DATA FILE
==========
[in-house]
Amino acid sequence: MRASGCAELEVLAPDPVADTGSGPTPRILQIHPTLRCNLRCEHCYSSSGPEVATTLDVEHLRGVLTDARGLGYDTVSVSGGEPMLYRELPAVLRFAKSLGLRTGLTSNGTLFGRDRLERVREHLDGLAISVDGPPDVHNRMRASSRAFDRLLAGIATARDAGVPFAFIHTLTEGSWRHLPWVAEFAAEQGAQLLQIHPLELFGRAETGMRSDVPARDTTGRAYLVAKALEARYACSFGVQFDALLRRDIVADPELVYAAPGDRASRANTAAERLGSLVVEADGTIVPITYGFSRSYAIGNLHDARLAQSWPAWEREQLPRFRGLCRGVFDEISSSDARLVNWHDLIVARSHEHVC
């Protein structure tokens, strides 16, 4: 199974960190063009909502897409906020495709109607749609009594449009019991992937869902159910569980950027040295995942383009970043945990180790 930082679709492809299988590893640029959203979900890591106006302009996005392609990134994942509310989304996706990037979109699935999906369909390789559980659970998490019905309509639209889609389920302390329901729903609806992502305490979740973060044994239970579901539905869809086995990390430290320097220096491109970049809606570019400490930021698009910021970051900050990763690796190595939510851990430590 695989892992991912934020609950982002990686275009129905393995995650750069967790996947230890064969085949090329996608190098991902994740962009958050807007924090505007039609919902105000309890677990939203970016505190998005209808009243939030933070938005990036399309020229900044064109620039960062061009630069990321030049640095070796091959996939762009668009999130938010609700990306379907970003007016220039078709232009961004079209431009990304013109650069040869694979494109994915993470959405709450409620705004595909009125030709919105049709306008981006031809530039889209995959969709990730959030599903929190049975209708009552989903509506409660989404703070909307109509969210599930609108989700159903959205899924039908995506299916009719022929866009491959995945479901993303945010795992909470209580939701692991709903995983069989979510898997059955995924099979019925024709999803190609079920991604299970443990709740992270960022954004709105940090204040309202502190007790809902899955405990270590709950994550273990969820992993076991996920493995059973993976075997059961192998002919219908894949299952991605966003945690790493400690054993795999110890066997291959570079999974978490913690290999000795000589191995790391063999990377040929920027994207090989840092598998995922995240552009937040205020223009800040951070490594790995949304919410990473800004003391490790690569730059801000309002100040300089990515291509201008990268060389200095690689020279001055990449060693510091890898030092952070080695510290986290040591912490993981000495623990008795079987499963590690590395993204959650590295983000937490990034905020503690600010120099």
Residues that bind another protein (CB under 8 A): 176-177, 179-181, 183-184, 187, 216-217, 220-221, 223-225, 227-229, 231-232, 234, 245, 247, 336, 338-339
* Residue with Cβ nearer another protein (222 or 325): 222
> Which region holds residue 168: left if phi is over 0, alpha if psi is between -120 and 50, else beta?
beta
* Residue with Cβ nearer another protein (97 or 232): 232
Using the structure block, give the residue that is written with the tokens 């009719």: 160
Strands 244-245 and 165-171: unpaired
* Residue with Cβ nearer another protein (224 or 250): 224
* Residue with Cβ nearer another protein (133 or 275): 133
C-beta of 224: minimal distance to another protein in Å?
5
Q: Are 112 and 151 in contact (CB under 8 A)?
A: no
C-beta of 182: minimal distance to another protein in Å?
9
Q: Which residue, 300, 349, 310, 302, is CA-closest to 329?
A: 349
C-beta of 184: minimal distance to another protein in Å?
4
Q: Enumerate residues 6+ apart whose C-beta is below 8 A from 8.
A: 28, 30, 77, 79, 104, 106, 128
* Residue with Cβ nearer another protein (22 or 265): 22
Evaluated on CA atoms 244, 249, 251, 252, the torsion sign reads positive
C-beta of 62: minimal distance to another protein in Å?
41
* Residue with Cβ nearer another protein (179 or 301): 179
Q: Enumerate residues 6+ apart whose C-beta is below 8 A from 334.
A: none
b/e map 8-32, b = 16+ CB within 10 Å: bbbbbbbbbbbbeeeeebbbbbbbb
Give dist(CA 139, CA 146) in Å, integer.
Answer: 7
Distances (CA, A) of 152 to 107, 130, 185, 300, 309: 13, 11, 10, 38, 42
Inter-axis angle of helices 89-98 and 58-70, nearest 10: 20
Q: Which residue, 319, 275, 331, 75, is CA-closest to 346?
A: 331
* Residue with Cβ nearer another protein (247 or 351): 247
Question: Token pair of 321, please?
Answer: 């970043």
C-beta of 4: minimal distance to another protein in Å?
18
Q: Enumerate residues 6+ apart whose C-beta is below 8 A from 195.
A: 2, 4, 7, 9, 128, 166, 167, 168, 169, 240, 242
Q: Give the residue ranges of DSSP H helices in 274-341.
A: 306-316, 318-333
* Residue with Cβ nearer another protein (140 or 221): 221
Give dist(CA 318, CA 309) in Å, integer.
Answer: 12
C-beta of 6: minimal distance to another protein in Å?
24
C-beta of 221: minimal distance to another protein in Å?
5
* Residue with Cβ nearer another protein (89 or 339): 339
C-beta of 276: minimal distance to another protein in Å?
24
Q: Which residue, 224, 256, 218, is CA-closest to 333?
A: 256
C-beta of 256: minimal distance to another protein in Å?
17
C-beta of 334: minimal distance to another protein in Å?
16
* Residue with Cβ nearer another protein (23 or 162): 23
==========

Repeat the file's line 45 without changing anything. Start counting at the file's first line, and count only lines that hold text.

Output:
A: 2, 4, 7, 9, 128, 166, 167, 168, 169, 240, 242